by Captain Lyaf Yarr
As I revealed last time, I’ve done both scenarios: read the book first and seen the movie first. I am a firm believer now of reading the books first and I hate it when people see a movie before reading the book that it was based off of! It’s like cheating. You would never read a book’s ending before starting a book, right?
Here are some more reasons to read books first:
- You know what it’s about. Before you ever get into the theater you know what’s going on, who’s who, and how it ends. Not all books or movies have happy endings and by reading the book you won’t be surprised if the bad guy gets away to try again with his evil schemes.
- You know all the details that aren’t in the movie. All movies are different from the book. This is simple fact. You can’t get every nuance in a movie that you can in a book. When I see a movie I can usually tell where they leave off important information that is found in the book and what it is.
- Book to movie translation is never 100% accurate. If you see the movie first and than read the book then you’ll expect what will happen next based off of the movie. Not always the case. So watching the movie first will spoil both and mess up how you’d think of the book from the get go. You’ll never be able to erase how the conspiracy plot was spoiled by the main character and ruin the fun you’d have had trying to figure it out.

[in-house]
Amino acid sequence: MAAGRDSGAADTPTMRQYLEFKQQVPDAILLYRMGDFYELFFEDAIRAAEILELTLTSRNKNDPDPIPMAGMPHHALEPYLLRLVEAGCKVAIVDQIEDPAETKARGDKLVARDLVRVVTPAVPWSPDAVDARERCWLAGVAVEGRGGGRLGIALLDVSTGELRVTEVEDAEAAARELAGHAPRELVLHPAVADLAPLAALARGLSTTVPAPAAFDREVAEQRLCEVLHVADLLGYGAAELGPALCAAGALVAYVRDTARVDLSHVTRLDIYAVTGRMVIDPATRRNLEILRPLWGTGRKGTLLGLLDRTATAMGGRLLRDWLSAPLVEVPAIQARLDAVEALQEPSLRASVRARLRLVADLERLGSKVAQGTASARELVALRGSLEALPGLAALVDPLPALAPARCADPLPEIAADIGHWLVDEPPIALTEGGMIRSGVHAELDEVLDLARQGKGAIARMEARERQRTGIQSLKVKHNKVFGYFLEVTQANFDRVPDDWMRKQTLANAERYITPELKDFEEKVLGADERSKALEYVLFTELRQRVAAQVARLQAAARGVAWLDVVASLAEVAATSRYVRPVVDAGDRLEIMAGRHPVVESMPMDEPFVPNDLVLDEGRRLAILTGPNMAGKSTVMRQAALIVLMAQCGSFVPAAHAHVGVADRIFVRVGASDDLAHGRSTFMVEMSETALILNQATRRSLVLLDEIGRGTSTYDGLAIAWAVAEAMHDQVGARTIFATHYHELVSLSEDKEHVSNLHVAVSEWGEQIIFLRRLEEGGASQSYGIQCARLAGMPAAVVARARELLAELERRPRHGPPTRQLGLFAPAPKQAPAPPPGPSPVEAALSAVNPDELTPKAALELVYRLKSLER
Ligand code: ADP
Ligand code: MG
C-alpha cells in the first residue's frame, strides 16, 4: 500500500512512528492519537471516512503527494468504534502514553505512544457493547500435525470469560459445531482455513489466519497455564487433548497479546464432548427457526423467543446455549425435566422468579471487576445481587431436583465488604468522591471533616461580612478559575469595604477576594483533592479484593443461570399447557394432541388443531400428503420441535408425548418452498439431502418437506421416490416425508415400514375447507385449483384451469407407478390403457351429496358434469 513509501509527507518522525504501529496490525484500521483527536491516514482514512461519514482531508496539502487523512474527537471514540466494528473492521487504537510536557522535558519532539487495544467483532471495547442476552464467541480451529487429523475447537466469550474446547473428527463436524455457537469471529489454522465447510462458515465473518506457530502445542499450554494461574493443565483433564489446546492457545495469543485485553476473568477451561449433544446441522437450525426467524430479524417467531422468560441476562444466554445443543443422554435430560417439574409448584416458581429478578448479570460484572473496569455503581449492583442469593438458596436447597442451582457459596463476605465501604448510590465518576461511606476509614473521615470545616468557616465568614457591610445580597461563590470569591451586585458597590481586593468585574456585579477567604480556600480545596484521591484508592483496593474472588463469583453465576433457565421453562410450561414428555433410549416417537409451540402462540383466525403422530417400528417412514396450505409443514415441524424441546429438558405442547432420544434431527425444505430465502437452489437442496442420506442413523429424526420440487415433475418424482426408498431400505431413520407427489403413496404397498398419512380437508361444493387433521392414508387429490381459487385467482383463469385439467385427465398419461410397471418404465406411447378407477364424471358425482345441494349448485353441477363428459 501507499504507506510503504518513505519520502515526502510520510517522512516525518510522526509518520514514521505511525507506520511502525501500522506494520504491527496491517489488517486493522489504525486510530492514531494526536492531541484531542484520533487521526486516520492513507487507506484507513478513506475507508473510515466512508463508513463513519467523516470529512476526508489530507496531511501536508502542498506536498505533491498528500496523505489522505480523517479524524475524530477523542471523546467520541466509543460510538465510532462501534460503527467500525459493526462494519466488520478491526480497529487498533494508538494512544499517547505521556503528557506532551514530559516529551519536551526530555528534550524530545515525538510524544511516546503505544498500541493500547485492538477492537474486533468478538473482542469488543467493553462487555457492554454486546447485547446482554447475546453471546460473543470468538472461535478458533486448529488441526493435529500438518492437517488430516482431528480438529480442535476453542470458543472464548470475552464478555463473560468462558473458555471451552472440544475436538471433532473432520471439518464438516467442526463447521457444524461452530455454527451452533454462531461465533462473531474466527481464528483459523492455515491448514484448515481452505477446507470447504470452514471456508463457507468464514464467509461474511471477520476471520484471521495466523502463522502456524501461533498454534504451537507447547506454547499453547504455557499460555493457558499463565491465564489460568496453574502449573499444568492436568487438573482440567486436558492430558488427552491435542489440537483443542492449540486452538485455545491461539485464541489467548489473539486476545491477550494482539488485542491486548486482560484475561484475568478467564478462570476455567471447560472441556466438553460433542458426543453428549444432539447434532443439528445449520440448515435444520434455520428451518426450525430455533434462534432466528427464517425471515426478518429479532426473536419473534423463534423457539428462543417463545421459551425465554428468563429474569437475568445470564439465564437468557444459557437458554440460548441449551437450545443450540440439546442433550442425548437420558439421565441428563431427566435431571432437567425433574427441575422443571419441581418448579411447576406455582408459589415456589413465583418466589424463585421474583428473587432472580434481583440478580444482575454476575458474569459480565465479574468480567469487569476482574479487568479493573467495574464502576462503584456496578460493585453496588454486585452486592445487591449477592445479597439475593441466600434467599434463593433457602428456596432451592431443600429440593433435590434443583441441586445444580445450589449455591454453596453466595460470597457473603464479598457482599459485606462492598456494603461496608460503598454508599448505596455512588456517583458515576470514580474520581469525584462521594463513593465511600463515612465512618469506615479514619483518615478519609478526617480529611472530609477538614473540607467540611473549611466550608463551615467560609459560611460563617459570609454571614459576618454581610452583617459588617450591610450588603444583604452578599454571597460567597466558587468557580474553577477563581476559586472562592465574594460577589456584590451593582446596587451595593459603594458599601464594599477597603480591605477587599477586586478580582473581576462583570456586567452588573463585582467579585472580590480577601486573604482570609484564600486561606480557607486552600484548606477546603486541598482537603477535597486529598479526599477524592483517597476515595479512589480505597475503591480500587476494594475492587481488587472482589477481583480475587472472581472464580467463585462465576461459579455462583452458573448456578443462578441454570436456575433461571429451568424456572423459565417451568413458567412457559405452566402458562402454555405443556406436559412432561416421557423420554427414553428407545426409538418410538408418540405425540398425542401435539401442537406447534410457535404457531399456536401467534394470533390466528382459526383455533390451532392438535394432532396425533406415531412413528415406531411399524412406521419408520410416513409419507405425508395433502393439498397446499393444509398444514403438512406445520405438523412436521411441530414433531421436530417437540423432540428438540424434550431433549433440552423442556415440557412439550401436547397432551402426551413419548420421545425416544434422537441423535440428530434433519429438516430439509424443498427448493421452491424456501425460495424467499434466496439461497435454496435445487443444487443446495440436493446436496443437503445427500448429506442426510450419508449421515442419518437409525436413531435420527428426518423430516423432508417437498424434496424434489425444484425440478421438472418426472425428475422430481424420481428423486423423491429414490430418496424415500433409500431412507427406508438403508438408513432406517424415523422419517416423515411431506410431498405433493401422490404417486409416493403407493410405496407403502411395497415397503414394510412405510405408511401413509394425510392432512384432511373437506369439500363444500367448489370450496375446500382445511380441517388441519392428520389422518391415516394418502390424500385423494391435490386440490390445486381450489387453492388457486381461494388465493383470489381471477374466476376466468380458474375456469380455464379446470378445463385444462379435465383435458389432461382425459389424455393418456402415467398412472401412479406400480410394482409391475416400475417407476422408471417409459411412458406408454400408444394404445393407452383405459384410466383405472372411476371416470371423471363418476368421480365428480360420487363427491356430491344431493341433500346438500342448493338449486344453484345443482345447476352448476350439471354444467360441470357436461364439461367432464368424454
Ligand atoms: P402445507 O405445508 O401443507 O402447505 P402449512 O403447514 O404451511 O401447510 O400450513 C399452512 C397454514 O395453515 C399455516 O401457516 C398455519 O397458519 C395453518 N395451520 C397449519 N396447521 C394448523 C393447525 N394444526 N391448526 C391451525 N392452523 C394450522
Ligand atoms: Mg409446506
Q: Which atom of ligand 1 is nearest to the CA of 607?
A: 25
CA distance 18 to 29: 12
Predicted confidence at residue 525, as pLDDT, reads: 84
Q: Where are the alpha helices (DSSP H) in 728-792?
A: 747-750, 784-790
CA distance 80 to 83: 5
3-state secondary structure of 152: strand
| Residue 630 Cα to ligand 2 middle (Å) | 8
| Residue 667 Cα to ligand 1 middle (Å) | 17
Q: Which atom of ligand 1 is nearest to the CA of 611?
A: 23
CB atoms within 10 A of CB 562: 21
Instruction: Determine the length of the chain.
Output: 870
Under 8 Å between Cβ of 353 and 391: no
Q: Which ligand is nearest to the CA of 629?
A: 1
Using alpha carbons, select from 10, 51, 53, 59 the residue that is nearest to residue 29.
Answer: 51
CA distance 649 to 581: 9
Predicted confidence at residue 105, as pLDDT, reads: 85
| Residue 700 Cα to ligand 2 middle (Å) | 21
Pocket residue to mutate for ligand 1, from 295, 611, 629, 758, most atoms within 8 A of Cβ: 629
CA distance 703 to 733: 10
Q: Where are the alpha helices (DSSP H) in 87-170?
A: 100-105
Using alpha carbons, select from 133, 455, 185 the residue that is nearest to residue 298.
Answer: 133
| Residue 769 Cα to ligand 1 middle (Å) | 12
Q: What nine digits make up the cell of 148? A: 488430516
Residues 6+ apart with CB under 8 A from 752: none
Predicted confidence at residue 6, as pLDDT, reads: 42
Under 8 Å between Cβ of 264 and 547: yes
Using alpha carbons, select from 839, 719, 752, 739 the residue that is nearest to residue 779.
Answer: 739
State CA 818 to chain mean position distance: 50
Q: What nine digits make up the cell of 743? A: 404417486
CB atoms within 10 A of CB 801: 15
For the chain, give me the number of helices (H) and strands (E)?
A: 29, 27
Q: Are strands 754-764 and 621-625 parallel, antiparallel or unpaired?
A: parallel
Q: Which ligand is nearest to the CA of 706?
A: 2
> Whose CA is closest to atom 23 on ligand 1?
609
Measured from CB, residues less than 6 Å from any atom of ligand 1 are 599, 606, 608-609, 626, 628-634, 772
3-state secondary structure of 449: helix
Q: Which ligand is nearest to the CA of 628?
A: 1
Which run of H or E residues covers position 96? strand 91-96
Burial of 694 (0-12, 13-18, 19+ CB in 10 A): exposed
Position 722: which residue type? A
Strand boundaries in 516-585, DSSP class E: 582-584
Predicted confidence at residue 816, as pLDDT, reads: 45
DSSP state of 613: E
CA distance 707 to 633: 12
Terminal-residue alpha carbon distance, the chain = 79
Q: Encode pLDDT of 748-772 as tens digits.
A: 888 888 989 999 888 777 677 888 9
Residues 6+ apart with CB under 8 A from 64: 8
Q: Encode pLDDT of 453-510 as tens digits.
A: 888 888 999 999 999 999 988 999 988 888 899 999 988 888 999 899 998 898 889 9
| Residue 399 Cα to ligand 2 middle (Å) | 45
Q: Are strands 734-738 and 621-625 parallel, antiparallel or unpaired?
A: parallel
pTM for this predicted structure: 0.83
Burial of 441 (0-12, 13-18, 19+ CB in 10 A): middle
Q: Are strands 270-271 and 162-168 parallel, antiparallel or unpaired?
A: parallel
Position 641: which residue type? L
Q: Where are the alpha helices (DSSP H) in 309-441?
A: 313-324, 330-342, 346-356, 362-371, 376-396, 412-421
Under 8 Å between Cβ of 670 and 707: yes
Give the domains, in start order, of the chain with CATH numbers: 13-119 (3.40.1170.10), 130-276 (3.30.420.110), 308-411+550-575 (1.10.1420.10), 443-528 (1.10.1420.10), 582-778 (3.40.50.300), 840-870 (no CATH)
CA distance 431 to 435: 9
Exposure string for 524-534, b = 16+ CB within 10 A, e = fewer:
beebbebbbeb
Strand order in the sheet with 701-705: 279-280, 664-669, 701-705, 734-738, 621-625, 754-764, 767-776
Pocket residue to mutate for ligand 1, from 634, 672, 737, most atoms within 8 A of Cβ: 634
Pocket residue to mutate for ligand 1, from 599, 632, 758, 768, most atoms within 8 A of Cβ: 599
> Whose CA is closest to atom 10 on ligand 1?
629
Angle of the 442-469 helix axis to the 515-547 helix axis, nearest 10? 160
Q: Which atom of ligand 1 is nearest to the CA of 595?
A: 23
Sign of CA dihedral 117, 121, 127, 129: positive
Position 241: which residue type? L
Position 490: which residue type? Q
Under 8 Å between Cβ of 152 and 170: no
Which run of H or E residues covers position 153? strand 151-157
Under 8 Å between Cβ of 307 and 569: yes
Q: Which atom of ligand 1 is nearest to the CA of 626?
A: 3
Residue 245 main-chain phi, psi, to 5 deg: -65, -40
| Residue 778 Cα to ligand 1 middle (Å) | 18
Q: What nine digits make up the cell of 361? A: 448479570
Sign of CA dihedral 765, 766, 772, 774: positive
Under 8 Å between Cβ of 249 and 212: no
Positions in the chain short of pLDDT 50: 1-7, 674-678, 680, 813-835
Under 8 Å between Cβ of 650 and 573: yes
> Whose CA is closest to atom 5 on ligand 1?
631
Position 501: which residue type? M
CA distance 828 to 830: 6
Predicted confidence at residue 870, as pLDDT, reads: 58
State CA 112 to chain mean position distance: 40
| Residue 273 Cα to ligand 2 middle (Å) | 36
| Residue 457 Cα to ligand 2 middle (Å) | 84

- It’s cinematic entertainment. (This builds off of points two and three and is not really a negative, just an observation.) A movie is not a book. Most movies are between 1.5-2.5 hours long. In that time, a director must make decisions. He will not only cut information from the movie that was in the book; he may even add to it. Comedic relief, dialogue, and scenes about things that could have happened are the most likely culprits for deviations from canon. It boils down to entertainment value. What works on paper does not always work in film. It’ll keep you on your toes and teach you differences between a script and a book.
- Character motivations. In a movie not all of a character’s motivations are given to viewers. Sad, but true. In a book, especially a first person narrative, a reader is always privy to what’s going on in a character’s head. Why did they dump their boyfriend? Insecurity, betrayal, stupidity? The reader knows.
So what do you think? Now you have ten reasons to read books before seeing the movie. Do you agree? What do you like to do?
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